Advertisement

Quality of Governance: Values and Violations

  • Hester Paanakker
  • Adam MastersEmail author
  • Leo Huberts
Chapter

Abstracts

In the first chapter, the editors introduce the content and the relevance of this book to the quality of governance and why and how public values matter. Central concepts are defined, the meaning and phases of governance are addressed, including an introduction of the significant public values stemming from the literature. These values are dealt with in relation to good and bad governance in the chapters of the book: democratic legitimacy, accountability, transparency, integrity, lawfulness, effectiveness, professionalism, and robustness.

Keywords

Governance Public values Quality of governance 

References

  1. Beck Jørgensen, T., & Bozeman, B. (2007). Public values: An inventory. Administration & Society, 39(3), 354–381. http://doi.org/10.1177/0095399707300703.CrossRefGoogle Scholar
  2. Beltrami, M. (1992). Qualità e pubblica amministrazione (Quality and public administration). Economia e diritto del terziario, (3), 669–781.Google Scholar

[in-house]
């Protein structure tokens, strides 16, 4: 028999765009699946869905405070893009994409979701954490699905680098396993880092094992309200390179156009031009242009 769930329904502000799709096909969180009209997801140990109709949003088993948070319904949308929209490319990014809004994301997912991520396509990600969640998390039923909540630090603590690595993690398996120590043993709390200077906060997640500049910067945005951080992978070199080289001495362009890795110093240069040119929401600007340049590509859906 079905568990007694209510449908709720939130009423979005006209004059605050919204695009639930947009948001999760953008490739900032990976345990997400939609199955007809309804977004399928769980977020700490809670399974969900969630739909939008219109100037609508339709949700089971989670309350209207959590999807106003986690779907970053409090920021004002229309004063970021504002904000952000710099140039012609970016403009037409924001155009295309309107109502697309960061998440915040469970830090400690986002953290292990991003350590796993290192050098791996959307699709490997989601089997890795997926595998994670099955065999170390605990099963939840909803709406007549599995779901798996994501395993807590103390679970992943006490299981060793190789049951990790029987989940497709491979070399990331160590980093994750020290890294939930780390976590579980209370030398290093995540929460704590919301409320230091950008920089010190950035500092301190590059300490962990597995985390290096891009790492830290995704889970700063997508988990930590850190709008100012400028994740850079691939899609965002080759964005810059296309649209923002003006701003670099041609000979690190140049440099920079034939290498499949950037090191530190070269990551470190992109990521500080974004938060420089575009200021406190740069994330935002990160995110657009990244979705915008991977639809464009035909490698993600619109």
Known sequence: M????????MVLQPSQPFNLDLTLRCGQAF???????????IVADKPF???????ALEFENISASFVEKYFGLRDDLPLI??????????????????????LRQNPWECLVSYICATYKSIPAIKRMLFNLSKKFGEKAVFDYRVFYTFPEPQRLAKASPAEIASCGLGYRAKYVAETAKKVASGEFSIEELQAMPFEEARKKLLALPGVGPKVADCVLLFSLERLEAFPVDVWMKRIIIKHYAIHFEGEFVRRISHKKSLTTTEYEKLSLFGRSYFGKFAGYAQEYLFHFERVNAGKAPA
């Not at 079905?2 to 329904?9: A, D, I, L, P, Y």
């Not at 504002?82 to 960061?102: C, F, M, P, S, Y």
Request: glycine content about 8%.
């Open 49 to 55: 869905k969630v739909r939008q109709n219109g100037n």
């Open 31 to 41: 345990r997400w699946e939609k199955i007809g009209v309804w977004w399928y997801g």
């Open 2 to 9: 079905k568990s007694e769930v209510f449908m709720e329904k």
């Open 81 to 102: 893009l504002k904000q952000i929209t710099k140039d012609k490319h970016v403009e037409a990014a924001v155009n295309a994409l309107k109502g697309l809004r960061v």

3. Berlin, I. (1982). Against the current: Essays in the history of ideas. London: Hogarth Press.Google Scholar
  4. Bevir, M. (2009). Key concepts in governance (Sage Key Concepts). London: Sage.Google Scholar
  5. Bevir, M. (2010). Democratic governance. Princeton, NJ: Princeton University Press.CrossRefGoogle Scholar
  6. Bøgh Andersen, L., Beck Jørgensen, T., Kjeldsen, A. M., Pedersen, L. H., & Vrangbæk, K. (2012). Public value dimensions: Developing and testing a multi-dimensional classification. International Journal of Public Administration, 35(11), 715–728. http://doi.org/10.1080/01900692.2012.670843.CrossRefGoogle Scholar
  7. Bovaird, T., & Löffler, E. (2003). Evaluating the quality of public governance: Indicators, models and methodologies. International Review of Administrative Sciences, 69(3), 313–328.  https://doi.org/10.1177/0020852303693002CrossRefGoogle Scholar
  8. Bovens, M. A. P., ‘t Hart, P., & van Twist, M. J. W. (2007). Openbaar Bestuur–Beleid, organisatie en politiek [Public governance. policy, organization and politics] (7th ed.). Alphen aan den Rijn, Netherlands: Kluwer.Google Scholar
  9. Bovens, M. A. P., ‘t Hart, P., & van Twist, M. J. W. (2011). Openbaar Bestuur, Beleid, organisatie en politiek (8th ed.). Dordrecht, Netherlands: Kluwer.Google Scholar